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Stop overheating your building.

If you own or manage multi-family dwellings in the New York metropolitan area, you may be overheating them without being aware of it.

There's an easy way to find out. visit one of your buildings on a very cold day -- preferably in the afternoon, after the boiler has been cycling for a few hours -- and check the inside temperature. Instead of a comfortable 70 or 72 degrees fahrenheit that might be expected, the apartments may be roasting at 85 degrees. That's a temperature difference of more than 30 percent, and it means that your fuel bills are much higher than they should be.

Need for Better Monitoring

More often than not, this waste of energy is due to inadequate monitoring and control of boiler operations. At many apartment buildings, these functions still are performed by a simple time control. Whenever the outside temperature falls below a municipally

prescribed level, a time controller turns the boiler on. But this type of control is not equipped to sense inside temperatures. As a result, it does not turn the heat off when the apartments are warm enough. The boiler just continues to cycle, making the apartments too hot.

Eventually, this extra heat leaves the building. Some of it is dissipated when tenants open their windows to let it escape, and some of it leaks out through the building's walls and foundation. Heat always travels from a warmer area to a colder area. The greater the temperature difference between the warm area and the cold area, the greater the amount of heat leakage. On a cold day, a building heated to 85 degrees fahrenheit will leak more heat than a building where inside temperatures are 72 degrees.

Computerized Monitoring and Control Systems

In order to cope with these problems, many buildings are being equipped with new automated systems that more accurately monitor and control heat and domestic hot water 24 hours a day.

Sophisticated systems, such as the OAS Heat Computer, eliminate fuel waste by sensing inside as well as outside temperatures and restricting boiler cycling to periods when apartments actually need heat. At buildings where they have been installed, annual fuel consumption has been reduced by as much as 30 percent. Some large management firms that have installed OAS Heat Computers in a large number of buildings report savings of hundreds of thousands of dollars on their total annual fuel bills.

Overheated Domestic

Hot Water

Overheated domestic hot water is a widespread problem. It becomes apparent when hot water faucets drip and waste water as well as the fuel used to heat it. If left uncorrected, water that is too hot will not only destroy washers but can also burn tenants.

Building superintendents are able to stop the dripping temporarily by replacing faucet washers. But that doesn't deal with the cause of the problem.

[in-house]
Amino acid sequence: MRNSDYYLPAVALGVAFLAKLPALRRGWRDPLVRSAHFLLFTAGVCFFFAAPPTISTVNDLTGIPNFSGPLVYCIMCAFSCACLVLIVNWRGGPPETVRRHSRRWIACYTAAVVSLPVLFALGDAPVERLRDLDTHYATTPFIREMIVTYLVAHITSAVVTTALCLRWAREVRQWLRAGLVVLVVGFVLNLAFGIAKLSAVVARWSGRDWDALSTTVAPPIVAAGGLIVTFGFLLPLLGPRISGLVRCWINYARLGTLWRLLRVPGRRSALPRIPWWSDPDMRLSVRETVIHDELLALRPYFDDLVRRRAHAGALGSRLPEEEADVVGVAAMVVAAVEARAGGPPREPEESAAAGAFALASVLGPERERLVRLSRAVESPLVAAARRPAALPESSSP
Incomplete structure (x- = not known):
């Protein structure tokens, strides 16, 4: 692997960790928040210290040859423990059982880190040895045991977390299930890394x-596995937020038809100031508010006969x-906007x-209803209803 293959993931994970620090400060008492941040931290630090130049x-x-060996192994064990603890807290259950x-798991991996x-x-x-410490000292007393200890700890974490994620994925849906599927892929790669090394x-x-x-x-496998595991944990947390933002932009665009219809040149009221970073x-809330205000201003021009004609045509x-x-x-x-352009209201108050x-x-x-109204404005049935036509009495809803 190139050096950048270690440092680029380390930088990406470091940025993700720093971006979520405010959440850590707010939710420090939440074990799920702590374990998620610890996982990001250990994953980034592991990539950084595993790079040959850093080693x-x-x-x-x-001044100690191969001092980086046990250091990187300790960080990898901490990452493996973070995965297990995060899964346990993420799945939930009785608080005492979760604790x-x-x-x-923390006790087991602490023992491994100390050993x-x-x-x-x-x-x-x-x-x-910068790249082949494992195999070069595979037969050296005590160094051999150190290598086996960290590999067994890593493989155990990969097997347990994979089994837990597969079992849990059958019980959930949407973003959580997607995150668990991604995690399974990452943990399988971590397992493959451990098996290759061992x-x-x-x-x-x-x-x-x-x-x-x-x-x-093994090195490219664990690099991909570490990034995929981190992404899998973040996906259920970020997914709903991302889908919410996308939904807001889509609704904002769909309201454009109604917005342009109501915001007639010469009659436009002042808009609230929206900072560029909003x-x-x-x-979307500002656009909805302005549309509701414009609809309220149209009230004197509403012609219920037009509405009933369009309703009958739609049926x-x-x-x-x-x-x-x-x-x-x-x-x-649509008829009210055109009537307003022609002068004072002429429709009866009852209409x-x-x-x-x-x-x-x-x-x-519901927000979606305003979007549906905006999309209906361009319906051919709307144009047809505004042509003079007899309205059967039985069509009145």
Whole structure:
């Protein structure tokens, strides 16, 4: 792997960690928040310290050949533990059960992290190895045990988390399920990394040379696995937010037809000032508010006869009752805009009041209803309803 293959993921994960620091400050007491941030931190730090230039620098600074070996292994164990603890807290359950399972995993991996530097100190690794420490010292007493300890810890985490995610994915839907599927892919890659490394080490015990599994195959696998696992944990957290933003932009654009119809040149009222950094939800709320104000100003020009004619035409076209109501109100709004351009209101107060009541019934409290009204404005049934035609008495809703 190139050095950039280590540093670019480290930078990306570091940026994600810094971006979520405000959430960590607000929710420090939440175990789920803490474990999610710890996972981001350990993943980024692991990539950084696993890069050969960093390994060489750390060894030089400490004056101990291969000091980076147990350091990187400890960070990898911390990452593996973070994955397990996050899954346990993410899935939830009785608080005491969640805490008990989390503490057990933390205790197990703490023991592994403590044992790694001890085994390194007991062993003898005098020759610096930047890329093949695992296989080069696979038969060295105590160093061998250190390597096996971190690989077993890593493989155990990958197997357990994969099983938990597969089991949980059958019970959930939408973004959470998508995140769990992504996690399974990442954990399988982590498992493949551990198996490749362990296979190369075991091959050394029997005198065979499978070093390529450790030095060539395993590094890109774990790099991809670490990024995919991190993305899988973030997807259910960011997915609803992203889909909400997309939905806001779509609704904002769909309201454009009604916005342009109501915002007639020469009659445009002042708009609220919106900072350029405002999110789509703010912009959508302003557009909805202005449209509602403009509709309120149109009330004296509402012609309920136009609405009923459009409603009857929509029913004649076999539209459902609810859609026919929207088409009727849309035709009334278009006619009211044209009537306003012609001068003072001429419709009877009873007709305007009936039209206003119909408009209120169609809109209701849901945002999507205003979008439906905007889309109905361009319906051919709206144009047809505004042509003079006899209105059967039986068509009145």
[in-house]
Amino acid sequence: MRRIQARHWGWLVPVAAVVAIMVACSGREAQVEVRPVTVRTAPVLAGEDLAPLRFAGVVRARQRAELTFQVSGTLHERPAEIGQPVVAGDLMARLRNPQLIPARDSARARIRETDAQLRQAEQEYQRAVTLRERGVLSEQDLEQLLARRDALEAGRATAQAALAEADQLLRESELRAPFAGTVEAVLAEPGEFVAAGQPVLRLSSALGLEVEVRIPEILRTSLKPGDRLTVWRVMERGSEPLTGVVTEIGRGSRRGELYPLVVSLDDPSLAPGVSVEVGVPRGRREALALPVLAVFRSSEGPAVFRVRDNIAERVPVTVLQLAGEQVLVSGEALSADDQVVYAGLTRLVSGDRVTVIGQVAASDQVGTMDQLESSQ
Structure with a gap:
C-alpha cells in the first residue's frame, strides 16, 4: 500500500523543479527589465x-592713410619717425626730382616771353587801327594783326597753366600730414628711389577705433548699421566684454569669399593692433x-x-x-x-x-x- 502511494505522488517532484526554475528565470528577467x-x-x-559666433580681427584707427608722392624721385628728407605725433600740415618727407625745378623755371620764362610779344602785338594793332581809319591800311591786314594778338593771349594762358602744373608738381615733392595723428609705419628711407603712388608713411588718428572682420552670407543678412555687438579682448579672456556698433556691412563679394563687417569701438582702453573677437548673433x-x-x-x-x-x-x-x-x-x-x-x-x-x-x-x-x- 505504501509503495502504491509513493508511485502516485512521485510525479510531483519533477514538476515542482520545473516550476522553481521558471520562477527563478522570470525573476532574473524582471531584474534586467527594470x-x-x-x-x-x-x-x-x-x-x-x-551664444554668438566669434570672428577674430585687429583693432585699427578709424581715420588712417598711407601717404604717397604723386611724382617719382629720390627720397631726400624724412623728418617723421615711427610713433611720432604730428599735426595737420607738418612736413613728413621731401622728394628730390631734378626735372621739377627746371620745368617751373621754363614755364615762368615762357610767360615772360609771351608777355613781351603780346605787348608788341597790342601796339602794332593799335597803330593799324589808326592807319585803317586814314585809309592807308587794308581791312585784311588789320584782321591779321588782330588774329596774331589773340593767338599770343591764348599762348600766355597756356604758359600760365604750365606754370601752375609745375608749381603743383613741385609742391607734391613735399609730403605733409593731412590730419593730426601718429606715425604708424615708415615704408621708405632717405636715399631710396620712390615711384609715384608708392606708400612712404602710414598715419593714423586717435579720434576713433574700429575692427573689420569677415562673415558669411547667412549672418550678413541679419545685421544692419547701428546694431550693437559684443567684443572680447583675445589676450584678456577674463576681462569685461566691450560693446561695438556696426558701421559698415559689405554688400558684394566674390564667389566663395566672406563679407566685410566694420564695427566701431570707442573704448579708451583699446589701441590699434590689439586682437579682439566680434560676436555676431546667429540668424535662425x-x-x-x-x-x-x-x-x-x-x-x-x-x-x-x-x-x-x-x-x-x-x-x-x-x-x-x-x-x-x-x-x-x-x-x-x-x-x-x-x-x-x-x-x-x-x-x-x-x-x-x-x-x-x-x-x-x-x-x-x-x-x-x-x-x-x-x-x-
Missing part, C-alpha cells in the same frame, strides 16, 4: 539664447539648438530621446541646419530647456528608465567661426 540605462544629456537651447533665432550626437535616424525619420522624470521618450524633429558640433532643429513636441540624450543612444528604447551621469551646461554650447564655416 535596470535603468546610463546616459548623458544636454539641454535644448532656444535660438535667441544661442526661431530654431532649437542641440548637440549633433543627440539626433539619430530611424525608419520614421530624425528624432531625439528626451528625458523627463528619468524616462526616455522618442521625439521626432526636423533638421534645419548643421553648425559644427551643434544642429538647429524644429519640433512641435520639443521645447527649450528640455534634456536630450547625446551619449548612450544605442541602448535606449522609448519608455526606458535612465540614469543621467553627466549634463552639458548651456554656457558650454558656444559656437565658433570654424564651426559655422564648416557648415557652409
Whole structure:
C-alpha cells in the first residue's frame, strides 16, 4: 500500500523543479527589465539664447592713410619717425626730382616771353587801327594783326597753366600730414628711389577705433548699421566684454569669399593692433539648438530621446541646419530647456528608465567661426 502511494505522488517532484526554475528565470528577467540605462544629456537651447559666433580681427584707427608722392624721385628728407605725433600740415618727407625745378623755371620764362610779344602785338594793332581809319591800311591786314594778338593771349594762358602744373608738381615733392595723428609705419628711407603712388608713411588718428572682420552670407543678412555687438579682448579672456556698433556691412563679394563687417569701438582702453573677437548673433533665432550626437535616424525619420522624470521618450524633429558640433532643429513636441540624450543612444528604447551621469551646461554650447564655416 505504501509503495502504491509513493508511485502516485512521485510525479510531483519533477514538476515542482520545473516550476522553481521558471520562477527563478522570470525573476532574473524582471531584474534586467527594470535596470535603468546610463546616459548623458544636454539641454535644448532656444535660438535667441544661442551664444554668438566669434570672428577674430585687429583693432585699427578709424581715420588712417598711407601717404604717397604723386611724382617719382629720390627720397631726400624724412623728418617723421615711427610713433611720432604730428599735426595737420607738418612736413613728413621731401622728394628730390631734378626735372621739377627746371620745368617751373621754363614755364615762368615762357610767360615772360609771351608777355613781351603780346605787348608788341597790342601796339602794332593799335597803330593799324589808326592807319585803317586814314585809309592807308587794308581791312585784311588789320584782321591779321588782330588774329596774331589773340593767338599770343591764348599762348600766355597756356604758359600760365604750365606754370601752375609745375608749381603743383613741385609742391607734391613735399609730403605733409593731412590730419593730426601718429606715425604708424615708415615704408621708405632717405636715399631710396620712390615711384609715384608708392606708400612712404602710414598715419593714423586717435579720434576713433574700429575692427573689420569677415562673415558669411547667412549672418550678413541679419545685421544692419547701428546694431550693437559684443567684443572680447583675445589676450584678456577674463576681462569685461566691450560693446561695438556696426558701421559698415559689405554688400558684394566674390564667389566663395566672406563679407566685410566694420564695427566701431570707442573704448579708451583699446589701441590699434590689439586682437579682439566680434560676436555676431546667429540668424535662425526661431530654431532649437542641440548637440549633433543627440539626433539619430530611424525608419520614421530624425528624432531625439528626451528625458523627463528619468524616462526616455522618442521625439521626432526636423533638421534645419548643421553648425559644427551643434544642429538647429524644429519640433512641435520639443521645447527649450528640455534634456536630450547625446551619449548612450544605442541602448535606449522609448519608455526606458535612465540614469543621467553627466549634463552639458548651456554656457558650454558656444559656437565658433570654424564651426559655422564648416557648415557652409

Before long, the dripping begins again.

Usually, excessively hot water is the result of an out-of-adjustment mixing valve. OAS Heat Computers pinpoint the problem by daily monitoring the minimum and maximum temperatures of the water coming out of the mixing valve.

The OAS Heat Computer also detects the cause of insufficient hot water by monitoring the temperature of the boiler water and the water coming out of the hot water coil. If the temperatures differ too much, it indicates that the hot water coil needs cleaning.

If this information regarding the coil is not available, building superintendents may respond to tenants' complaints about insufficient hot water by raising the aquastat temperature setting. This increases the hot water temperature, but at the cost of making the boiler burn more fuel.

Another often undetected problem -- a leaking condensate return line - can waste vast quantities of water as well as heat. In a number of cases, OAS Heat Computers have detected water losses in excess of 2,000 gallons a day from leaking returns.

Management by Telephone

OAS Heat Computers enable owners and managers to control the heating and hot water systems in an unlimited number of buildings from any location with a telephone, a modem, and a PC or laptop. Simply by dialing the phone numbers of the computers in their buildings, they can set and/or change heating and hot water temperatures and hot water usage.

They can also phone the computers at any time to check on heating and hot water system operations and problems.

The computers also produce printouts of heat and domestic hot water temperatures. In case of tenants' complaints to a municipal agency that they are not getting the heat and/or hot water to which they are entitled, these records can be submitted'as proof that the required levels were being provided or that there was a justifiable cause -- e.g. a power failure - for a temporary interruption.
COPYRIGHT 1993 Hagedorn Publication
No portion of this article can be reproduced without the express written permission from the copyright holder.
Copyright 1993, Gale Group. All rights reserved. Gale Group is a Thomson Corporation Company.

Article Details
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Title Annotation:Property Management/Improvement; Section I
Author:Suthergreen, David B.
Publication:Real Estate Weekly
Date:Feb 24, 1993
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